House debates

Monday, 18 March 2024

Private Members' Business

Cost of Living

10:34 am

Photo of Libby CokerLibby Coker (Corangamite, Australian Labor Party) Share this | Hansard source

Many fruit and vegetable growers and primary producers are struggling to keep their businesses afloat because the two major supermarket chains are strangling them with inequitable contracts that disadvantage the farmer. The supermarkets demand perfect cherries, flawless zucchinis and completely unblemished apples, and if those ridiculous standards aren't met they won't pay the farmer a fair price. As one cherry producer said last week prior to his appearance before the Senate inquiry into supermarket prices, 'People don't understand how ruthless the supermarkets are.' This is why we've initiated a review into the Food and Grocery Code of Conduct, an important first step to rein in the power of major supermarkets. We've also commissioned an ACCC inquiry to examine the competitiveness of retail prices for everyday groceries. This 12-month inquiry will consider the pricing practices, the current structure of the supermarket industry and the role of small and independent retailers particularly in regional and remote areas.

The Albanese government have enacted these reviews because we know the status quo isn't sustainable. For example, in the Senate inquiry last week several farmers stated that despite their best efforts to remain competitive they are still only receiving the same price for their produce as they did in 2011. If this continues, it may mean Australia becomes more reliant on imported produce as our local fruit and vegetable growers and primary producers go out of business. This would be tragic. Our nation is known for quality fresh produce, and the agricultural industry employs many hundreds and thousands of people, many of those in my electorate.

We are at a crossroads when it comes to supporting local producers and protecting consumers. This is reflected in the view of my constituents in Corangamite—people who are doing it tough like single mums, pensioners, students and those on low wages. When I'm at the markets or outdoor knocking, these people tell me their grocery bills are rising significantly and they're pointing the finger at Coles and Woolworths. Meg, from Torquay, is an occupational therapist, and she told me that despite this profession she is increasingly shocked and challenged by the prices at the checkout. She said: 'It's insane. Over the last five years the prices of my grocery basket have gone up and up.' Our government shares Meg's concerns, and we are acting. We've appointed Dr Craig Emerson to lead the review into the grocery code of conduct. The Emerson review will test the effectiveness of the code to police the food and grocery industry to ensure farmers are not unfairly treated.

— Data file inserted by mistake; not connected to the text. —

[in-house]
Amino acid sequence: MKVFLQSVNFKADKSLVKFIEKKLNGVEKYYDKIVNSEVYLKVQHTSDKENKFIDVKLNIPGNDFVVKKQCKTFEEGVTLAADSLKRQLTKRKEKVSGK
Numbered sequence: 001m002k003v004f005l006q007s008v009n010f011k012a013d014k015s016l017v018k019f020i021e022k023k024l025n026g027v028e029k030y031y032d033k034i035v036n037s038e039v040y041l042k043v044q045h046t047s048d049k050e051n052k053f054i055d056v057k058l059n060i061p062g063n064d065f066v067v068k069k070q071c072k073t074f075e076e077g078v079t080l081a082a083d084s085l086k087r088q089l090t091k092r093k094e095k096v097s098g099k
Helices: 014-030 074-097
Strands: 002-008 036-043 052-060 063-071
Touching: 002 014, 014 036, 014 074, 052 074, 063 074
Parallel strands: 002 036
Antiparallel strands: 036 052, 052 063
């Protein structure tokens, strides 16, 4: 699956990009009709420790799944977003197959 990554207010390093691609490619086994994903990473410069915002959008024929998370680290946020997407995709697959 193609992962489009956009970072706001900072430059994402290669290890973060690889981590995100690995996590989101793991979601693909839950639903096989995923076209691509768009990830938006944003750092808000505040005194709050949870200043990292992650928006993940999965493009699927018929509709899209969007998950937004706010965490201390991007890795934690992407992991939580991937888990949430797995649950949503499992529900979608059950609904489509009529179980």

This is about making sure families and our farmers get a fair go, because when farmers are selling their produce for less supermarkets should charge Australians less. Having a diverse market, we avoid a duopoly that forces farmers to sell their products for less than their real value, at times leaving the farmer without a profit margin. Before you buy, consider shopping at your local greengrocer or butcher, and encourage diversity, local employment and investment in regional economies. Get served by a local business owner and connect with your local community. Have your groceries packed by a young student rather than packing them yourself.

The ACCC will provide their findings and recommendations to government in early 2025, and we will work with the ACCC to ensure shoppers are given a fair deal. The government is also providing CHOICE with $1.1 million to provide price transparency and comparison reports on a quarterly basis for three years. Moreover, these inquiries and initiatives are all about taking action on cost-of-living challenges and ensuring Australians have an economy that works for them. That's why, along with these inquiries, we're delivering a tax cut for every Australian taxpayer. This means more dollars in the pockets of all Australians across my electorate and the nation—more than $1,500 for a local worker on an average wage.

In closing, we know that more competition is better for consumers, farmers and our nation. More importantly, we want more competition that means better prices at the checkout and more dollars in the pockets of Australians.


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